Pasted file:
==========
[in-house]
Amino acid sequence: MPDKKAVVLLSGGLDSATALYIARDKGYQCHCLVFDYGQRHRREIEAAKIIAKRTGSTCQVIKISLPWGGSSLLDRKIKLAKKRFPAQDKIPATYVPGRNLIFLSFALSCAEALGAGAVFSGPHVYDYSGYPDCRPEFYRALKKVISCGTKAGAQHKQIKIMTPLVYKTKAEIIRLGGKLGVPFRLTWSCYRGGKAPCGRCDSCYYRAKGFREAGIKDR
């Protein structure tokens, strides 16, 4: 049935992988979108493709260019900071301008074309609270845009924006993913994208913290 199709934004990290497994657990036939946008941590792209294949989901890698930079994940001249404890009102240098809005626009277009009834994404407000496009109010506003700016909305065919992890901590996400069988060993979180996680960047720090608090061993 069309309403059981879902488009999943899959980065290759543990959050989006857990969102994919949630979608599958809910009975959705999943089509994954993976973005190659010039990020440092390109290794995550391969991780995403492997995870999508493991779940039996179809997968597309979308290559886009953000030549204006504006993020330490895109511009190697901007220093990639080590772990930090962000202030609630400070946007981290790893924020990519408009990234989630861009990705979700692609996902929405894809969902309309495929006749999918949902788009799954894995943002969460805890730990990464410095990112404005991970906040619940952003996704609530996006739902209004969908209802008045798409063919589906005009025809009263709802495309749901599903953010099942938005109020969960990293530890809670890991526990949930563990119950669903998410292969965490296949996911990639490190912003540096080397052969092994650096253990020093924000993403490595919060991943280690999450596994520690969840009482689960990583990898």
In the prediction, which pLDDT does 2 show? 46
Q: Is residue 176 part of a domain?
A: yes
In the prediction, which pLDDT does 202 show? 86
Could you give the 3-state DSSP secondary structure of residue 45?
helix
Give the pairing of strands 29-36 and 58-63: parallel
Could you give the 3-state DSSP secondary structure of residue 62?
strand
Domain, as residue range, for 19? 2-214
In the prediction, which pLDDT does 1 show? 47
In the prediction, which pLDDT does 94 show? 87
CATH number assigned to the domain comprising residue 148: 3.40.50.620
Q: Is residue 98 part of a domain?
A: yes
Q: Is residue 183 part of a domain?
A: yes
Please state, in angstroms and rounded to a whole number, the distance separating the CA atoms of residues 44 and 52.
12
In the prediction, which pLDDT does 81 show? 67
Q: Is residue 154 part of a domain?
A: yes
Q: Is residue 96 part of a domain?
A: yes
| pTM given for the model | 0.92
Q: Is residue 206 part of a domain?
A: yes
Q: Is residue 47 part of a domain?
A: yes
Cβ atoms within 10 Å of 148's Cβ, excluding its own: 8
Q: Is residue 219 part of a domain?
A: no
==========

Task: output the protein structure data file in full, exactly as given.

[in-house]
Amino acid sequence: MPDKKAVVLLSGGLDSATALYIARDKGYQCHCLVFDYGQRHRREIEAAKIIAKRTGSTCQVIKISLPWGGSSLLDRKIKLAKKRFPAQDKIPATYVPGRNLIFLSFALSCAEALGAGAVFSGPHVYDYSGYPDCRPEFYRALKKVISCGTKAGAQHKQIKIMTPLVYKTKAEIIRLGGKLGVPFRLTWSCYRGGKAPCGRCDSCYYRAKGFREAGIKDR
């Protein structure tokens, strides 16, 4: 049935992988979108493709260019900071301008074309609270845009924006993913994208913290 199709934004990290497994657990036939946008941590792209294949989901890698930079994940001249404890009102240098809005626009277009009834994404407000496009109010506003700016909305065919992890901590996400069988060993979180996680960047720090608090061993 069309309403059981879902488009999943899959980065290759543990959050989006857990969102994919949630979608599958809910009975959705999943089509994954993976973005190659010039990020440092390109290794995550391969991780995403492997995870999508493991779940039996179809997968597309979308290559886009953000030549204006504006993020330490895109511009190697901007220093990639080590772990930090962000202030609630400070946007981290790893924020990519408009990234989630861009990705979700692609996902929405894809969902309309495929006749999918949902788009799954894995943002969460805890730990990464410095990112404005991970906040619940952003996704609530996006739902209004969908209802008045798409063919589906005009025809009263709802495309749901599903953010099942938005109020969960990293530890809670890991526990949930563990119950669903998410292969965490296949996911990639490190912003540096080397052969092994650096253990020093924000993403490595919060991943280690999450596994520690969840009482689960990583990898």
In the prediction, which pLDDT does 2 show? 46
Q: Is residue 176 part of a domain?
A: yes
In the prediction, which pLDDT does 202 show? 86
Could you give the 3-state DSSP secondary structure of residue 45?
helix
Give the pairing of strands 29-36 and 58-63: parallel
Could you give the 3-state DSSP secondary structure of residue 62?
strand
Domain, as residue range, for 19? 2-214
In the prediction, which pLDDT does 1 show? 47
In the prediction, which pLDDT does 94 show? 87
CATH number assigned to the domain comprising residue 148: 3.40.50.620
Q: Is residue 98 part of a domain?
A: yes
Q: Is residue 183 part of a domain?
A: yes
Please state, in angstroms and rounded to a whole number, the distance separating the CA atoms of residues 44 and 52.
12
In the prediction, which pLDDT does 81 show? 67
Q: Is residue 154 part of a domain?
A: yes
Q: Is residue 96 part of a domain?
A: yes
| pTM given for the model | 0.92
Q: Is residue 206 part of a domain?
A: yes
Q: Is residue 47 part of a domain?
A: yes
Cβ atoms within 10 Å of 148's Cβ, excluding its own: 8
Q: Is residue 219 part of a domain?
A: no